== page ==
I have seen customers (real big ones) come in and demand to see the books to help set the "proper" price that they would pay, dictating what profit was acceptable.

Is your customer happy with the quality and prompt delivery of your work? If so, remind him of the adage "Price, speed, accuracy - choose two" he will probably respond "Perfect, Free and Now"

Mcgyver
06-04-2010, 05:01 PM
are you making the same thing over and over or is each job different.

in any negotiation, tryto see the other guy's view. maybe he's been charged with driving down supplier costs, has a new baby on the way, has heard rumors of layoffs and feels the need for some wins etc etc. Even if you hold prices, gotta let him have some face or he may become your enemy out of spite

if its a regular run and he's been pushing, a good tactic is the best defense is a good offense. with surprise respond, gee, I was going to request a meeting about increasing price. tooling costs have gone up, utilities are up, haven't had a increase since ____ etc etc. We need to talk about a price increase to keep going like this or a tooling surcharge etc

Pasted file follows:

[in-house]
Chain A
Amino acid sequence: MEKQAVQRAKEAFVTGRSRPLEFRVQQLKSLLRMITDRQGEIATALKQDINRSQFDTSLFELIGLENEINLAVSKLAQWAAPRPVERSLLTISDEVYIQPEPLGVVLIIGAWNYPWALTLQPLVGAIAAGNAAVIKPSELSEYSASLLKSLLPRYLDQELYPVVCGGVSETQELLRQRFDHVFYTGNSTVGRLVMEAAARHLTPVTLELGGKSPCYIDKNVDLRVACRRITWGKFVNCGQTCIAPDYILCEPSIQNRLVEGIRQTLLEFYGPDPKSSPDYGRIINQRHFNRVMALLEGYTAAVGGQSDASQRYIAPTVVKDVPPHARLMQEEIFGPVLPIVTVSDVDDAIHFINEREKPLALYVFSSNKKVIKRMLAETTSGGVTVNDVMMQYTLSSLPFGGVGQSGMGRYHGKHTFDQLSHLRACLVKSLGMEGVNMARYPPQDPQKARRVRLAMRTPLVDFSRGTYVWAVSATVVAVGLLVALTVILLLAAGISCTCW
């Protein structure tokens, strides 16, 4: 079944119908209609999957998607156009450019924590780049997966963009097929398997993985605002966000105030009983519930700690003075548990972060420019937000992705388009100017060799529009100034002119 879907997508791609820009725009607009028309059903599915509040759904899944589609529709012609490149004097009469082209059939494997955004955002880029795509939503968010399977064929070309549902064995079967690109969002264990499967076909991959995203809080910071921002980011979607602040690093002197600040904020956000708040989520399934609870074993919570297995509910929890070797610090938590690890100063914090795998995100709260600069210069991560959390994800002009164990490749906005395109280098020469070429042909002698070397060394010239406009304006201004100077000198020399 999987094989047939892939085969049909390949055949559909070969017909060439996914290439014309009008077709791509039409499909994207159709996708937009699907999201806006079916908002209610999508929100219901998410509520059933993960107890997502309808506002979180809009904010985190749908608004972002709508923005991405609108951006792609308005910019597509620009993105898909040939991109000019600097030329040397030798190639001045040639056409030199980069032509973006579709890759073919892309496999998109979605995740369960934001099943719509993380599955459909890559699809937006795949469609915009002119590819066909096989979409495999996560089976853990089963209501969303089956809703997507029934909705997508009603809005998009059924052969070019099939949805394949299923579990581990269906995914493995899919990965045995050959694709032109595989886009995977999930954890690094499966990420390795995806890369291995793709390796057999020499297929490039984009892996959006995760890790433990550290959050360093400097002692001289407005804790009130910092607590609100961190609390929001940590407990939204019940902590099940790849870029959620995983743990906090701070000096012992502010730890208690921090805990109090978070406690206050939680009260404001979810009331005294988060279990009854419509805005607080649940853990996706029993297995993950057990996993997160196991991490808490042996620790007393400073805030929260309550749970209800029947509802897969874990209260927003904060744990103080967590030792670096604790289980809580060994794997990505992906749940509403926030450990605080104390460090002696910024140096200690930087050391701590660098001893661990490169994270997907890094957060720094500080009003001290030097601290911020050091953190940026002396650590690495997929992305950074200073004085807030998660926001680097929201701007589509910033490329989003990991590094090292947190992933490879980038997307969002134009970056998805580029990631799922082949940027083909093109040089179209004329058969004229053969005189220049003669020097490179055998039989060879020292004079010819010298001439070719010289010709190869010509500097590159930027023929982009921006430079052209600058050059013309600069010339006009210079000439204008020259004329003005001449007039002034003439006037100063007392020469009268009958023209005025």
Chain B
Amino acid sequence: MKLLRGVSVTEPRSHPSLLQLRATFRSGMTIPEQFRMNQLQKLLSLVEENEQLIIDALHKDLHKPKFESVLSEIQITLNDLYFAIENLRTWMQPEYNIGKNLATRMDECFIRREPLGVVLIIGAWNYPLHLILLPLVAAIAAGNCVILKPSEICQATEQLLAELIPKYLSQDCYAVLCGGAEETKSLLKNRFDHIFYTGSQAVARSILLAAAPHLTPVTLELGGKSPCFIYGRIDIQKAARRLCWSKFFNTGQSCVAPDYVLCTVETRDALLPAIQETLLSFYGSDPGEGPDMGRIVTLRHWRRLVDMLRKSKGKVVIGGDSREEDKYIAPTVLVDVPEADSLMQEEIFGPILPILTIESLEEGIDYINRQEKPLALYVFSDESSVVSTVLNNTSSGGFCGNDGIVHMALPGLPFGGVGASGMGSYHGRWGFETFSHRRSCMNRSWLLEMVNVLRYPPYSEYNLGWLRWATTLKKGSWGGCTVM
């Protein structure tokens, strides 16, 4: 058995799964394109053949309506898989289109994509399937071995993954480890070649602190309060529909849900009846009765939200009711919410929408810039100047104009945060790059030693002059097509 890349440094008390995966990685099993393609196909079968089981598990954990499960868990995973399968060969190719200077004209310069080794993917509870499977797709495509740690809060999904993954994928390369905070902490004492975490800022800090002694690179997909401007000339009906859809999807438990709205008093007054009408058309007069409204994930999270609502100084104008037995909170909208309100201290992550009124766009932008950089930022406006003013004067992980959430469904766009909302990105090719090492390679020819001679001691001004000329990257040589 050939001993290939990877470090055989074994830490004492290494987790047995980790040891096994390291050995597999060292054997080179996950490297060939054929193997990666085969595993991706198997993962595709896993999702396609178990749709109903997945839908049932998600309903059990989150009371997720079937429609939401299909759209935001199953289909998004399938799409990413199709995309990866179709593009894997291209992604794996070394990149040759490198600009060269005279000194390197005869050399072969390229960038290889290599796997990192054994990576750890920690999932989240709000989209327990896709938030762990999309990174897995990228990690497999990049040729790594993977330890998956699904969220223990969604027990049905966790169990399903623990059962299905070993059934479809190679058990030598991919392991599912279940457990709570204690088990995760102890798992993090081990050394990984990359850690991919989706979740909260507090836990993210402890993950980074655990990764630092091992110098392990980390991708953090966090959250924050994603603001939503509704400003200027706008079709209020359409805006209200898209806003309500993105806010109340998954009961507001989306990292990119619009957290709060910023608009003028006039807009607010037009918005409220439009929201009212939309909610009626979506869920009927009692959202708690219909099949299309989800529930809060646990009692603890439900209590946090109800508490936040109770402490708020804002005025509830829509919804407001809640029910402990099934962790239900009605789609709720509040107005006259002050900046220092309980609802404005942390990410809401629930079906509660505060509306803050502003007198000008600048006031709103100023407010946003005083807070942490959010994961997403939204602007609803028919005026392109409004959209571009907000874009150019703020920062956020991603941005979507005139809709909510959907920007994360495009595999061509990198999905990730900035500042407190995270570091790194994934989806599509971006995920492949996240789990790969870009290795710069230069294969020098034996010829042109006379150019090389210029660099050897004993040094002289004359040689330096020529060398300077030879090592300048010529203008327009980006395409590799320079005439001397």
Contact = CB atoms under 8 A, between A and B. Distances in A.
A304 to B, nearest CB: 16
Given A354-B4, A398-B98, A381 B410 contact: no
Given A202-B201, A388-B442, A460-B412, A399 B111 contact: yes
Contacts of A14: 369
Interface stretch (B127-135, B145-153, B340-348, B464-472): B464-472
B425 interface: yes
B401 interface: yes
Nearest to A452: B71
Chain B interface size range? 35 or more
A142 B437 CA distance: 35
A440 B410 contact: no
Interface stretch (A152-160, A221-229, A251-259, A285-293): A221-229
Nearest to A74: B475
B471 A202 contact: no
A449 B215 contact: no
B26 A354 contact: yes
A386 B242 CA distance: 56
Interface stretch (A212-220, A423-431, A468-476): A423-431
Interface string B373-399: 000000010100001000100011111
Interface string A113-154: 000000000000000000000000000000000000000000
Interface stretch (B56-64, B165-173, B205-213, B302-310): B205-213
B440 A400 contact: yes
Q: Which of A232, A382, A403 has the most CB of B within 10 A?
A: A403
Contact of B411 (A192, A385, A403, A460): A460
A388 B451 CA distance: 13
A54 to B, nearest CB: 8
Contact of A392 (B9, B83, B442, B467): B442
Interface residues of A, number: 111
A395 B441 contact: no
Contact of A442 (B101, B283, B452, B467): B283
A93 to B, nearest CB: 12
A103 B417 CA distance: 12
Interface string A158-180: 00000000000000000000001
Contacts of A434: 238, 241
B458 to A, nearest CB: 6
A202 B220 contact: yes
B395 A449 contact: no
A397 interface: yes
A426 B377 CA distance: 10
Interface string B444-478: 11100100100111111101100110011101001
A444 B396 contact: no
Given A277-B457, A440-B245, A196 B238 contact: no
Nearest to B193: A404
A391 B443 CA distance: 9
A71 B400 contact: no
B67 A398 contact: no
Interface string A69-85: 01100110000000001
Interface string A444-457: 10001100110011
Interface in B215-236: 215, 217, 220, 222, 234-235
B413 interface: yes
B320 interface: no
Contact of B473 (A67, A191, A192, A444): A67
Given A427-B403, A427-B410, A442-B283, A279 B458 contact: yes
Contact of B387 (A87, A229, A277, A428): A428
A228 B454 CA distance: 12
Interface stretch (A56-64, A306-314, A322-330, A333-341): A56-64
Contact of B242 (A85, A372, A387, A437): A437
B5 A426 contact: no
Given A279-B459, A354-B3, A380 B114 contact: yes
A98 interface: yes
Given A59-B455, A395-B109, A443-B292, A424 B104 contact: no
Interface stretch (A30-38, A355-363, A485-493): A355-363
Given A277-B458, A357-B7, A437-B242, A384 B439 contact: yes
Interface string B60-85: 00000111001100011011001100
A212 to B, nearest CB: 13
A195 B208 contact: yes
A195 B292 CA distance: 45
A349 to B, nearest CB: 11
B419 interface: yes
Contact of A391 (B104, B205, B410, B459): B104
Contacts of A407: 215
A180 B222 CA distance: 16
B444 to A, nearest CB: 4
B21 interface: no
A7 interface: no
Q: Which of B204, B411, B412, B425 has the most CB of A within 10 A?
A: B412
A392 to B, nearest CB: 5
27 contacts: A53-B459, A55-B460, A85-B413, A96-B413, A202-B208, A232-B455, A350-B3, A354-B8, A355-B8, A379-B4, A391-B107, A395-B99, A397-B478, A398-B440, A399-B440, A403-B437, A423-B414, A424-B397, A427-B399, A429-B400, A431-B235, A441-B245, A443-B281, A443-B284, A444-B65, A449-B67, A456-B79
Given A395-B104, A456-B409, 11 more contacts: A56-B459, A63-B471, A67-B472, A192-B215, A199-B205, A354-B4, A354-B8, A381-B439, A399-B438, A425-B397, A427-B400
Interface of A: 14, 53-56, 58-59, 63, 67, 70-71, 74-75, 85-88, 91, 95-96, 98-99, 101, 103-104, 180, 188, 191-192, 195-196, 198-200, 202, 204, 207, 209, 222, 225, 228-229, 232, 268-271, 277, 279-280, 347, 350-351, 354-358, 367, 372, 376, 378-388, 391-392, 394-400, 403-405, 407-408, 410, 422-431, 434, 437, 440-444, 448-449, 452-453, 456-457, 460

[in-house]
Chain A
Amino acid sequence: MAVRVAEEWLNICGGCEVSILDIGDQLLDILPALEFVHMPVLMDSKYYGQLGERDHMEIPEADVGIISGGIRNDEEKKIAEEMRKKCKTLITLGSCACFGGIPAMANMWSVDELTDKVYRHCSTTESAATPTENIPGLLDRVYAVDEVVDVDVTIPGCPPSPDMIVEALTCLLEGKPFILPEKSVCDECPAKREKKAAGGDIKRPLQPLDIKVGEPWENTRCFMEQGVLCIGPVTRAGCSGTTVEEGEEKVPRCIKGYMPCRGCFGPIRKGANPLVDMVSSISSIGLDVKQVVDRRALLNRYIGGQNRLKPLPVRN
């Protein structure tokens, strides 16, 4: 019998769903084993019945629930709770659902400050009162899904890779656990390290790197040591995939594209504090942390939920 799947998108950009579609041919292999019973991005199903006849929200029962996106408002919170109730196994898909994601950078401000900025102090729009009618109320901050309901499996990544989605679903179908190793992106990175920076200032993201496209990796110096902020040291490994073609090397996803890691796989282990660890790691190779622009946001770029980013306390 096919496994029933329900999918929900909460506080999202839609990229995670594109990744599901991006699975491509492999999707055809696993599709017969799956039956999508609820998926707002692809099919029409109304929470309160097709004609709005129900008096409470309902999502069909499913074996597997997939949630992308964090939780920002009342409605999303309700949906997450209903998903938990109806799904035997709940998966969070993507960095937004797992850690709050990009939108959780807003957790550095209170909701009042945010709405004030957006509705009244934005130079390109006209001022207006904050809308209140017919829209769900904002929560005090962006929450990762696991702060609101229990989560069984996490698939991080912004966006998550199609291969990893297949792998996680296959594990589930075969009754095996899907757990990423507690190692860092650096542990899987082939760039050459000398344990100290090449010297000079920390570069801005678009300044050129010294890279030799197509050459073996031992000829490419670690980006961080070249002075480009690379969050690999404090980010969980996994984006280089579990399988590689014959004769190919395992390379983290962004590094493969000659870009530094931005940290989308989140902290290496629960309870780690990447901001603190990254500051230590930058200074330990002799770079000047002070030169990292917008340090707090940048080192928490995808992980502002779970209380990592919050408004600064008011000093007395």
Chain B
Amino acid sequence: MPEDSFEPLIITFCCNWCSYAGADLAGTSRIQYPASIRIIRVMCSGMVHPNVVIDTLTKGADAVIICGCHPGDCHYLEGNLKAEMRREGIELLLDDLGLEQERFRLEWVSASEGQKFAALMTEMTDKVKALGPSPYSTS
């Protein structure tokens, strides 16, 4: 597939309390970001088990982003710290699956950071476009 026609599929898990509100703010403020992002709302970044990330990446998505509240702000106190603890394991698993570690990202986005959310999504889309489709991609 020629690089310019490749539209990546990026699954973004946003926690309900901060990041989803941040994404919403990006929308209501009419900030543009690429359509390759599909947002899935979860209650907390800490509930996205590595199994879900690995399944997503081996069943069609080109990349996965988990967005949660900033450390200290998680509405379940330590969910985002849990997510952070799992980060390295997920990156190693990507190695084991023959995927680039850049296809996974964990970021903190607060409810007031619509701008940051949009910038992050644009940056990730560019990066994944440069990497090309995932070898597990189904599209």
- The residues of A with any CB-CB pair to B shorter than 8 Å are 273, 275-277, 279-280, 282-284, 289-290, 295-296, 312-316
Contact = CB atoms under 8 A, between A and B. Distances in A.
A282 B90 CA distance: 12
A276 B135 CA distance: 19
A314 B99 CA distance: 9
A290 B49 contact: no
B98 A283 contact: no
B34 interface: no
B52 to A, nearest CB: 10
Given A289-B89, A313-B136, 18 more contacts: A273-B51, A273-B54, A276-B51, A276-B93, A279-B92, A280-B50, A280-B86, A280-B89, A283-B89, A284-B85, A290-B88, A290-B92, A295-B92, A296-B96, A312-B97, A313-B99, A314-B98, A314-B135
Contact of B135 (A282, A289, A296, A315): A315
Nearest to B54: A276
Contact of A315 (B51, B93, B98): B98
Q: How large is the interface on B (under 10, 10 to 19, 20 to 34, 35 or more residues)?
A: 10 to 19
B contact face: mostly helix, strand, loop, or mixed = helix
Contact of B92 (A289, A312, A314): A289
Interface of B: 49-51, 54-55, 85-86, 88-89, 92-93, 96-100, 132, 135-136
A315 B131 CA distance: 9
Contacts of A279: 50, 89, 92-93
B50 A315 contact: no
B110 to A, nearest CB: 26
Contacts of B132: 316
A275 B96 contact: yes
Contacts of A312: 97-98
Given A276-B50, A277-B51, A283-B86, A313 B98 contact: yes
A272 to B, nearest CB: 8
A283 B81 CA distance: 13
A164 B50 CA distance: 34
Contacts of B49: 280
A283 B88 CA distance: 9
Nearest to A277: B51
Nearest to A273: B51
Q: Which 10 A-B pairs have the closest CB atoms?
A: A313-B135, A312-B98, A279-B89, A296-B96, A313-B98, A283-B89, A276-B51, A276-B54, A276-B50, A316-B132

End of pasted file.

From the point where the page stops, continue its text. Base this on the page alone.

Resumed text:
If its job shop work, price high and discount BUT get something in return....minimum monthly commitments or a standby charge of X when volumes fall below etc. For every inch you budge have a quiver full of things to ask for in return.

end of the day he can hammer you until you say forget it, but those are a couple of ideas.

Black Forest
06-04-2010, 05:06 PM
BeanBag, Keep the emotion out of the business. Now it is time for you to be a real business man and not an artist. I hope you know what I mean.